Film #319: CURTAINS
2 out of 5 stars
The American slasher film has a confusing and seemingly meandering history. Spawning from Noir, the German Krimi film, and the Italian Giallo, the art form has its moments of brilliance (Mario Bava’s TWITCH OF THE DEATH NERVE, Bob Clark’s BLACK CHRISTMAS, and Joseph Zito’s THE PROWLER to name but three), but it also has it missed opportunities and botched visions. As usual, Sturgeon’s Law (which states that “ninety percent of everything is crap”) applies. Sadly – for this discussion – 1983’s CURTAINS is a perfect example of the latter.
Directed by Richard Ciupka under the pseudonym Jonathan Stryker (who is the male lead character in the film itself), the film stumbles its way through its unfocused 90 minute run time with John Vernon (ANIMAL HOUSE, OUTLAW JOSEY WALES) being cast as a supposedly enigmatic and hyper-sexual director. Think of that: Dean Wormer from ANIMAL HOUSE getting his swerve on… it’s just gross. Samantha Eggar (THE BROOD, THE EXTERMINATOR) makes her way from one bug-eyed scene to another while the supporting cast (which includes Linda Thorson of THE AVENGERS) seem to be there for a decidedly bloodless body count alone. Look for THE CROW’s Michael “Top Dollar” Wincott cast as the winsome – and ultimately doomed - Lothario. The infuriating thing about CURTAINS is that the story feels thin… padded, like a short stretched to feature length. Scenes drag on and a confused and ultimately bone-headed script unfurls before our collective indifference. As a historical document of the times in which it was made, there are some interesting footnotes (the casual albeit icky sexuality, the seeming obliviousness to how offensive “play rape” is, and nonchalant use of cannabis are all indicative of – but not exclusive to – the films of the early ‘80s), but, all-in-all, CURTAINS is a minor footnote to an otherwise one-note sub-genre.
And that brings us to Synapse films - who are the folks who released CURTAINS – and why they’d spend so much time ‘preserving’ such an admittedly mediocre film?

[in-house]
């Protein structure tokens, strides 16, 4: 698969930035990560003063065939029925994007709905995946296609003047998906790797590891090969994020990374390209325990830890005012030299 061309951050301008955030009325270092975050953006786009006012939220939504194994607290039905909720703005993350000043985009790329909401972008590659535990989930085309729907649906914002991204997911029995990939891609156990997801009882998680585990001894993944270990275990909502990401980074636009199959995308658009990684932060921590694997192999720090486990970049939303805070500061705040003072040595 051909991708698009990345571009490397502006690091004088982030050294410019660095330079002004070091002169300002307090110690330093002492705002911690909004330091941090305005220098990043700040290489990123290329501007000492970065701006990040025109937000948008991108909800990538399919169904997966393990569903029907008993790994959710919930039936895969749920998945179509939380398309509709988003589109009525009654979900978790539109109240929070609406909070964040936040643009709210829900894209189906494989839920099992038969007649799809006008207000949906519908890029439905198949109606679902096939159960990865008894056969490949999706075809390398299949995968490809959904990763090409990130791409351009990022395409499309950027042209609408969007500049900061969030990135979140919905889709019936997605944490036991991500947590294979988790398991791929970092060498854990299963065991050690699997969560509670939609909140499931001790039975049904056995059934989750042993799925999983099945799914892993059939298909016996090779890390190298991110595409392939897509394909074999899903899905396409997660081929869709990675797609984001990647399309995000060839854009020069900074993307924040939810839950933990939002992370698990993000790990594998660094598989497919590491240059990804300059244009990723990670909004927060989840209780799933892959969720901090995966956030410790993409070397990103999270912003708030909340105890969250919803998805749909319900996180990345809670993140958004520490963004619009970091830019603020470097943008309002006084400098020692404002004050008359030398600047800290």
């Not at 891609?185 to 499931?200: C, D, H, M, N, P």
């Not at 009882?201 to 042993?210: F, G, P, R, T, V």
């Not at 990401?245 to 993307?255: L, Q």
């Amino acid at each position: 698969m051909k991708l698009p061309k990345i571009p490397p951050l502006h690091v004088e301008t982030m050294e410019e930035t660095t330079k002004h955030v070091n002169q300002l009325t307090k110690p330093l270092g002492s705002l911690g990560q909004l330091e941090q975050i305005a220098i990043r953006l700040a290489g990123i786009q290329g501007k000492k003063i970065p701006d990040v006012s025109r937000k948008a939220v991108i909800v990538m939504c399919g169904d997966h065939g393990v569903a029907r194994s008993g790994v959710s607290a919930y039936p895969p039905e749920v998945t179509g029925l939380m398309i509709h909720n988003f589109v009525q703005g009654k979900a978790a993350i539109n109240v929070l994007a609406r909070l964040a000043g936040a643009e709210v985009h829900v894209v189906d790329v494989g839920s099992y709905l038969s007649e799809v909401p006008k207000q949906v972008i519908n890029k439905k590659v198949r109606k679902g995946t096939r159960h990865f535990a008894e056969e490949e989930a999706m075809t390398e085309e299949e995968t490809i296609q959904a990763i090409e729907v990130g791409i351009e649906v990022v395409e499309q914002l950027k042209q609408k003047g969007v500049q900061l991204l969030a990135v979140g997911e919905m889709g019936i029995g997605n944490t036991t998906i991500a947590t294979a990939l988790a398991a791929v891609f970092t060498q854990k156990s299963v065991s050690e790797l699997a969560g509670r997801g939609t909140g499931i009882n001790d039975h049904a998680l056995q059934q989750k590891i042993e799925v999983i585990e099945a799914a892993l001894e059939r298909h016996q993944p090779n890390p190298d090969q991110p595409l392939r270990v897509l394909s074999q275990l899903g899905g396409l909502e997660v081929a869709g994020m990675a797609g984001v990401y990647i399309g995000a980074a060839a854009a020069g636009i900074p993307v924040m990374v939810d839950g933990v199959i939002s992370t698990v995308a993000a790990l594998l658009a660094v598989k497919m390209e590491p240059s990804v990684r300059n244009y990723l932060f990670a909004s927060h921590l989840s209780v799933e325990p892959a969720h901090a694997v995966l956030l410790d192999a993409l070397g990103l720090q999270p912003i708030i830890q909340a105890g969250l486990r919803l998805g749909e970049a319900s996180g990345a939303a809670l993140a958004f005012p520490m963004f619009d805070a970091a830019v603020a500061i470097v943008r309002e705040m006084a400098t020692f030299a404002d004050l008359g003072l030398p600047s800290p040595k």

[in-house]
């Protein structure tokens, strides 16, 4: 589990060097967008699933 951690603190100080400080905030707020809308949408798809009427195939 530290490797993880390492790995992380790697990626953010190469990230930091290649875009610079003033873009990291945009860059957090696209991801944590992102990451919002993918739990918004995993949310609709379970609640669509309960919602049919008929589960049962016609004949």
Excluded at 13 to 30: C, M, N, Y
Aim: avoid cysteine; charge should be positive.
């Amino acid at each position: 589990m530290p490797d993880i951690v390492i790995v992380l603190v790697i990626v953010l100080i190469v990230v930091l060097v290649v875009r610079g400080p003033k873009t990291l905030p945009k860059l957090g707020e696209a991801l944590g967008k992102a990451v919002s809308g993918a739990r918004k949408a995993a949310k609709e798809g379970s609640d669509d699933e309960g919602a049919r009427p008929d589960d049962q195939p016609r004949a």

What makes the release of a film like CURTAINS in this format interesting is that it is yet another second (or third or fourth)-tier horror film from the ‘80s - lost classics in many people’s minds - getting a museum-like going-over by Don May, Jr and the gifted kids over at Synapse. The list of films they’ve released so far is pretty darned impressive (with titles such as 1982’s THE DORM THAT DRIPPED BLOOD, James Glickenhaus’ THE EXTERMINATOR, Frank Henenlotter’s FRANKENHOOKER, the little-remembered 1975 bondage flick THE IMAGE, Scott Spiegel’s INTRUDER, Bill Lustig’s MANIAC COP, the Dolf Lundgren muscle-fest RED SCORPION, James Muro’s STREET TRASH, Hammer’s VAMPIRE CIRCUS, and the newly released PROM NIGHT) and offer some deep pulls from the world of genre film. The CURTAINS disc features a brand spanking new 2K high-definition transfer from original vault materials of the film, a remixed 5.1 Surround soundtrack, an extensive Behind the Scenes documentary (which, to be honest, is far better than the film itself), a few interviews, an audio commentary by film stars Lesleh Donaldson (HAPPY BIRTHDAY TO ME) and Lynne Griffin (BLACK CHRISTMAS), and a trailer. All in high def, computer-enhanced, color corrected, exhaustively researched, and packaged with love.
Again, the question is… why?
It’s not like CURTAINS (or any one of the thousand films like it) deserves such fetishistic treatment. No, I know I may be in the minority here. I mean, the film does have its fans and god love ‘em, but culturally, the film was barely a blip on our collective radar. Still… it’s nice to see someone caring for these old films in a matter that may very well be above what they deserve.
So yeah… a hearty thumbs up to the sublimely obsessive folks over at Synapse who devoted far more time and energy than a film like CURTAINS might merit, but by them giving it such care, the package and the presentation makes it worth the price of admission.